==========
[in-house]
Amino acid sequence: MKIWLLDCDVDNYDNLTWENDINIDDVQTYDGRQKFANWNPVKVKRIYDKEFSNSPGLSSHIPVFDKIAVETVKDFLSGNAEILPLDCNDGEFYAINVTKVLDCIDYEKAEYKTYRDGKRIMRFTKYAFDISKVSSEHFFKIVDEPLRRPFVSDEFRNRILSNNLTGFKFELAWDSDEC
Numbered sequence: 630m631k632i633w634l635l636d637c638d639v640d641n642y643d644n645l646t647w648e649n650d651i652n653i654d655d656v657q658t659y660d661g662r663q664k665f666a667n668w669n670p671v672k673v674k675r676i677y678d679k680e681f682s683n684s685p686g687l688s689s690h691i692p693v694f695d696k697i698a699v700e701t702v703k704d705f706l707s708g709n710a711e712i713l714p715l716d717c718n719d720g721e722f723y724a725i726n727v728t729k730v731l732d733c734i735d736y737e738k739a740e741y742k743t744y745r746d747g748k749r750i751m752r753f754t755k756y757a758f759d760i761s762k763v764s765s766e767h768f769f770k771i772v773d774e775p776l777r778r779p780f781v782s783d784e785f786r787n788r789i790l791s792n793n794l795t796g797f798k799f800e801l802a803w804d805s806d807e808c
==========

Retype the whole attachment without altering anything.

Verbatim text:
[in-house]
Amino acid sequence: MKIWLLDCDVDNYDNLTWENDINIDDVQTYDGRQKFANWNPVKVKRIYDKEFSNSPGLSSHIPVFDKIAVETVKDFLSGNAEILPLDCNDGEFYAINVTKVLDCIDYEKAEYKTYRDGKRIMRFTKYAFDISKVSSEHFFKIVDEPLRRPFVSDEFRNRILSNNLTGFKFELAWDSDEC
Numbered sequence: 630m631k632i633w634l635l636d637c638d639v640d641n642y643d644n645l646t647w648e649n650d651i652n653i654d655d656v657q658t659y660d661g662r663q664k665f666a667n668w669n670p671v672k673v674k675r676i677y678d679k680e681f682s683n684s685p686g687l688s689s690h691i692p693v694f695d696k697i698a699v700e701t702v703k704d705f706l707s708g709n710a711e712i713l714p715l716d717c718n719d720g721e722f723y724a725i726n727v728t729k730v731l732d733c734i735d736y737e738k739a740e741y742k743t744y745r746d747g748k749r750i751m752r753f754t755k756y757a758f759d760i761s762k763v764s765s766e767h768f769f770k771i772v773d774e775p776l777r778r779p780f781v782s783d784e785f786r787n788r789i790l791s792n793n794l795t796g797f798k799f800e801l802a803w804d805s806d807e808c